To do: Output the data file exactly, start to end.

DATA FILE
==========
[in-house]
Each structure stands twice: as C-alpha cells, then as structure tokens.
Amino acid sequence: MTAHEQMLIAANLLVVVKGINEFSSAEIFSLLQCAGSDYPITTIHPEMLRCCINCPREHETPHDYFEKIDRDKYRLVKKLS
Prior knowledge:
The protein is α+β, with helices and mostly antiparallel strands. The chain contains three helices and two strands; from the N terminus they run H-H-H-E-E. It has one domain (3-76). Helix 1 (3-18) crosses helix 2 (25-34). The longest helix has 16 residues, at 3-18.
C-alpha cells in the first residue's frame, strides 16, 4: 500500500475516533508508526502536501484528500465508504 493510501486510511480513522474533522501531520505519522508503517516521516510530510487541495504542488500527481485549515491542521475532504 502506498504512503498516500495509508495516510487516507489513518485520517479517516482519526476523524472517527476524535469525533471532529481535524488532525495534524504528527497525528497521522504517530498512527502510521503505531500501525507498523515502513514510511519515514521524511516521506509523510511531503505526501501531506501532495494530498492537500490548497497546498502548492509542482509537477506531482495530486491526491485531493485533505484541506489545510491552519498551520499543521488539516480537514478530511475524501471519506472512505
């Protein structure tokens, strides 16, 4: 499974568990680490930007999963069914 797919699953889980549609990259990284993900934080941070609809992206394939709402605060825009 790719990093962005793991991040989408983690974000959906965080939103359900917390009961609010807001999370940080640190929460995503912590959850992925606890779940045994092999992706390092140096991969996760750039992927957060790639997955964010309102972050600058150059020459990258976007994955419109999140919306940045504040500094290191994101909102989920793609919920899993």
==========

[in-house]
Each structure stands twice: as C-alpha cells, then as structure tokens.
Amino acid sequence: MTAHEQMLIAANLLVVVKGINEFSSAEIFSLLQCAGSDYPITTIHPEMLRCCINCPREHETPHDYFEKIDRDKYRLVKKLS
Prior knowledge:
The protein is α+β, with helices and mostly antiparallel strands. The chain contains three helices and two strands; from the N terminus they run H-H-H-E-E. It has one domain (3-76). Helix 1 (3-18) crosses helix 2 (25-34). The longest helix has 16 residues, at 3-18.
C-alpha cells in the first residue's frame, strides 16, 4: 500500500475516533508508526502536501484528500465508504 493510501486510511480513522474533522501531520505519522508503517516521516510530510487541495504542488500527481485549515491542521475532504 502506498504512503498516500495509508495516510487516507489513518485520517479517516482519526476523524472517527476524535469525533471532529481535524488532525495534524504528527497525528497521522504517530498512527502510521503505531500501525507498523515502513514510511519515514521524511516521506509523510511531503505526501501531506501532495494530498492537500490548497497546498502548492509542482509537477506531482495530486491526491485531493485533505484541506489545510491552519498551520499543521488539516480537514478530511475524501471519506472512505
């Protein structure tokens, strides 16, 4: 499974568990680490930007999963069914 797919699953889980549609990259990284993900934080941070609809992206394939709402605060825009 790719990093962005793991991040989408983690974000959906965080939103359900917390009961609010807001999370940080640190929460995503912590959850992925606890779940045994092999992706390092140096991969996760750039992927957060790639997955964010309102972050600058150059020459990258976007994955419109999140919306940045504040500094290191994101909102989920793609919920899993």